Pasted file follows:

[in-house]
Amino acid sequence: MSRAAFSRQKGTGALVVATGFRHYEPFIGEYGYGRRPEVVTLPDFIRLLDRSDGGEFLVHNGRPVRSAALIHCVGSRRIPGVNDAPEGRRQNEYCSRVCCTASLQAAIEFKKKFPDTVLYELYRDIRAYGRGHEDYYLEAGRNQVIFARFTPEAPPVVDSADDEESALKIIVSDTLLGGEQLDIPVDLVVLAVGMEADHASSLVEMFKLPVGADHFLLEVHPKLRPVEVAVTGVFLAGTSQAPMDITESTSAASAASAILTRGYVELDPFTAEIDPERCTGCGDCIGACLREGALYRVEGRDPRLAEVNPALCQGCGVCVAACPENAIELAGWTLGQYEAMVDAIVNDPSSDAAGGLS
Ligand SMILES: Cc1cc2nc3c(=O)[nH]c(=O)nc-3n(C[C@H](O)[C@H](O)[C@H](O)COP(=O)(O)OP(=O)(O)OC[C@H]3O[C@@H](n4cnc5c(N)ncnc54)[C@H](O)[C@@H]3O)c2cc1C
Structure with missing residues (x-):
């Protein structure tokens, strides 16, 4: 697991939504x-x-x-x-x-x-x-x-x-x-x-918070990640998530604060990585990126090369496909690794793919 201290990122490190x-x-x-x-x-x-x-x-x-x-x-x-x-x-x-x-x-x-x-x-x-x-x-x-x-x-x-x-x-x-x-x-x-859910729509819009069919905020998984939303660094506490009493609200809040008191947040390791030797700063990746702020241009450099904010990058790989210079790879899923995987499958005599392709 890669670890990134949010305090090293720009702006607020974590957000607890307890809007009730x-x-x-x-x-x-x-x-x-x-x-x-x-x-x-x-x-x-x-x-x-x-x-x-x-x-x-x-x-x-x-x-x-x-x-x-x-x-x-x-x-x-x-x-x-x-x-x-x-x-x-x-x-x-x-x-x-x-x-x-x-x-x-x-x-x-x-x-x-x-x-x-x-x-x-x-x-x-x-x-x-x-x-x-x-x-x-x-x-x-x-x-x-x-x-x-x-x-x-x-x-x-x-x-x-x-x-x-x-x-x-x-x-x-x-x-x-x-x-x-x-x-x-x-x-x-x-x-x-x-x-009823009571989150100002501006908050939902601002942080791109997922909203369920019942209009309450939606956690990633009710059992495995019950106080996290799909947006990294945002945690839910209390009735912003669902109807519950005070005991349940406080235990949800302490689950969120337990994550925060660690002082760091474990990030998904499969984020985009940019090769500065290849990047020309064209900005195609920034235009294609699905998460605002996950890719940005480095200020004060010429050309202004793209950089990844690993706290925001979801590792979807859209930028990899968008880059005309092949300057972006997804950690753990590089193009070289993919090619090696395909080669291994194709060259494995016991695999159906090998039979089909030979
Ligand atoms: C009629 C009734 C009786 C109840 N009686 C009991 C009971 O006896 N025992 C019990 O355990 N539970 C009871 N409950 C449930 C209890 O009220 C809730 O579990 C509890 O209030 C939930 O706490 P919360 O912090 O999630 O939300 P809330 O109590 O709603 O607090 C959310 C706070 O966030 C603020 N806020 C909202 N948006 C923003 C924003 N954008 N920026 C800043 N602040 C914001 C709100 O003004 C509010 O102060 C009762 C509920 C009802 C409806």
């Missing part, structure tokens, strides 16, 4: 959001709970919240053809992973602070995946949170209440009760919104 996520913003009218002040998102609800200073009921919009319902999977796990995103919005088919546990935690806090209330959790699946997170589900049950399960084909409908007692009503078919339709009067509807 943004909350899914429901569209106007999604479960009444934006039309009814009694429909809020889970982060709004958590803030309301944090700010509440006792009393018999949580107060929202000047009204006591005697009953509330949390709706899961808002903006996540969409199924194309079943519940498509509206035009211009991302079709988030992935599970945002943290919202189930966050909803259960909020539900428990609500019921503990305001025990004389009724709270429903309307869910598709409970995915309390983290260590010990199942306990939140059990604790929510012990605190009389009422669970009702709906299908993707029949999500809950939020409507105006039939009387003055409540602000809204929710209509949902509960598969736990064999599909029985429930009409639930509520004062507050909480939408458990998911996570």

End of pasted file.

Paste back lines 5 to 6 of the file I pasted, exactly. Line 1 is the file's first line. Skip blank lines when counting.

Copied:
């Protein structure tokens, strides 16, 4: 697991939504x-x-x-x-x-x-x-x-x-x-x-918070990640998530604060990585990126090369496909690794793919 201290990122490190x-x-x-x-x-x-x-x-x-x-x-x-x-x-x-x-x-x-x-x-x-x-x-x-x-x-x-x-x-x-x-x-x-859910729509819009069919905020998984939303660094506490009493609200809040008191947040390791030797700063990746702020241009450099904010990058790989210079790879899923995987499958005599392709 890669670890990134949010305090090293720009702006607020974590957000607890307890809007009730x-x-x-x-x-x-x-x-x-x-x-x-x-x-x-x-x-x-x-x-x-x-x-x-x-x-x-x-x-x-x-x-x-x-x-x-x-x-x-x-x-x-x-x-x-x-x-x-x-x-x-x-x-x-x-x-x-x-x-x-x-x-x-x-x-x-x-x-x-x-x-x-x-x-x-x-x-x-x-x-x-x-x-x-x-x-x-x-x-x-x-x-x-x-x-x-x-x-x-x-x-x-x-x-x-x-x-x-x-x-x-x-x-x-x-x-x-x-x-x-x-x-x-x-x-x-x-x-x-x-x-009823009571989150100002501006908050939902601002942080791109997922909203369920019942209009309450939606956690990633009710059992495995019950106080996290799909947006990294945002945690839910209390009735912003669902109807519950005070005991349940406080235990949800302490689950969120337990994550925060660690002082760091474990990030998904499969984020985009940019090769500065290849990047020309064209900005195609920034235009294609699905998460605002996950890719940005480095200020004060010429050309202004793209950089990844690993706290925001979801590792979807859209930028990899968008880059005309092949300057972006997804950690753990590089193009070289993919090619090696395909080669291994194709060259494995016991695999159906090998039979089909030979
Ligand atoms: C009629 C009734 C009786 C109840 N009686 C009991 C009971 O006896 N025992 C019990 O355990 N539970 C009871 N409950 C449930 C209890 O009220 C809730 O579990 C509890 O209030 C939930 O706490 P919360 O912090 O999630 O939300 P809330 O109590 O709603 O607090 C959310 C706070 O966030 C603020 N806020 C909202 N948006 C923003 C924003 N954008 N920026 C800043 N602040 C914001 C709100 O003004 C509010 O102060 C009762 C509920 C009802 C409806």